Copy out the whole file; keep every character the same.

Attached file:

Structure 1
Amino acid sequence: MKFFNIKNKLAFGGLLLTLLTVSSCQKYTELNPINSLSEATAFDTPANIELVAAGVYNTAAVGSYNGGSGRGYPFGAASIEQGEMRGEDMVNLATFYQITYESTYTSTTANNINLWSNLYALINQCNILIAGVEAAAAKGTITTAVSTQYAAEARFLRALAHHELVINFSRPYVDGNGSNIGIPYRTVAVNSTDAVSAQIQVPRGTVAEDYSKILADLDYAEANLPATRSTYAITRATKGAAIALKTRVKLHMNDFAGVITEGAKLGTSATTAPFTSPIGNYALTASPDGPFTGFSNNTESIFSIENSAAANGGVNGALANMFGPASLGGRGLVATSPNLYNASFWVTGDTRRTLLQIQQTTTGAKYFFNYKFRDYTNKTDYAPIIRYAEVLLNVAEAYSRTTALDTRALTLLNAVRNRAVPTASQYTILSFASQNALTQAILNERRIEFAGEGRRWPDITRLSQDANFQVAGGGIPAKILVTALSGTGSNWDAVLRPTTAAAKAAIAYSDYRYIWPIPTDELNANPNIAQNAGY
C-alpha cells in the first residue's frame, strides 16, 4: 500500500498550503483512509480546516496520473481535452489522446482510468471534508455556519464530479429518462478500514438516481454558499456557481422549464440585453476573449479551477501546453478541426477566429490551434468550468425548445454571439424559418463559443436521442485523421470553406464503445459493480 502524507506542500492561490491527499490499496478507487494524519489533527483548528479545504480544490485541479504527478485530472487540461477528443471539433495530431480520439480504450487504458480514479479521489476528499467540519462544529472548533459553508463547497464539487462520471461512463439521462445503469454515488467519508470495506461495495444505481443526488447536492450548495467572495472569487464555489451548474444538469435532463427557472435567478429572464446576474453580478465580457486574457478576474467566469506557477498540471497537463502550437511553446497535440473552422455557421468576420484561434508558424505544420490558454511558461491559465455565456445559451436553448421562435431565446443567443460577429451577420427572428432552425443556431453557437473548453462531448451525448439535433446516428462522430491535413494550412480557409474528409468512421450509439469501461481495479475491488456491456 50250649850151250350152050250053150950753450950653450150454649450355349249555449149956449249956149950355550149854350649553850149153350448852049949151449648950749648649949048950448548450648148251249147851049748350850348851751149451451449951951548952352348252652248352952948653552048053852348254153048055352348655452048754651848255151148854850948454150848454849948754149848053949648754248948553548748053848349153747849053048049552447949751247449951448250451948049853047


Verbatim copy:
Structure 1
Amino acid sequence: MKFFNIKNKLAFGGLLLTLLTVSSCQKYTELNPINSLSEATAFDTPANIELVAAGVYNTAAVGSYNGGSGRGYPFGAASIEQGEMRGEDMVNLATFYQITYESTYTSTTANNINLWSNLYALINQCNILIAGVEAAAAKGTITTAVSTQYAAEARFLRALAHHELVINFSRPYVDGNGSNIGIPYRTVAVNSTDAVSAQIQVPRGTVAEDYSKILADLDYAEANLPATRSTYAITRATKGAAIALKTRVKLHMNDFAGVITEGAKLGTSATTAPFTSPIGNYALTASPDGPFTGFSNNTESIFSIENSAAANGGVNGALANMFGPASLGGRGLVATSPNLYNASFWVTGDTRRTLLQIQQTTTGAKYFFNYKFRDYTNKTDYAPIIRYAEVLLNVAEAYSRTTALDTRALTLLNAVRNRAVPTASQYTILSFASQNALTQAILNERRIEFAGEGRRWPDITRLSQDANFQVAGGGIPAKILVTALSGTGSNWDAVLRPTTAAAKAAIAYSDYRYIWPIPTDELNANPNIAQNAGY
C-alpha cells in the first residue's frame, strides 16, 4: 500500500498550503483512509480546516496520473481535452489522446482510468471534508455556519464530479429518462478500514438516481454558499456557481422549464440585453476573449479551477501546453478541426477566429490551434468550468425548445454571439424559418463559443436521442485523421470553406464503445459493480 502524507506542500492561490491527499490499496478507487494524519489533527483548528479545504480544490485541479504527478485530472487540461477528443471539433495530431480520439480504450487504458480514479479521489476528499467540519462544529472548533459553508463547497464539487462520471461512463439521462445503469454515488467519508470495506461495495444505481443526488447536492450548495467572495472569487464555489451548474444538469435532463427557472435567478429572464446576474453580478465580457486574457478576474467566469506557477498540471497537463502550437511553446497535440473552422455557421468576420484561434508558424505544420490558454511558461491559465455565456445559451436553448421562435431565446443567443460577429451577420427572428432552425443556431453557437473548453462531448451525448439535433446516428462522430491535413494550412480557409474528409468512421450509439469501461481495479475491488456491456 50250649850151250350152050250053150950753450950653450150454649450355349249555449149956449249956149950355550149854350649553850149153350448852049949151449648950749648649949048950448548450648148251249147851049748350850348851751149451451449951951548952352348252652248352952948653552048053852348254153048055352348655452048754651848255151148854850948454150848454849948754149848053949648754248948553548748053848349153747849053048049552447949751247449951448250451948049853047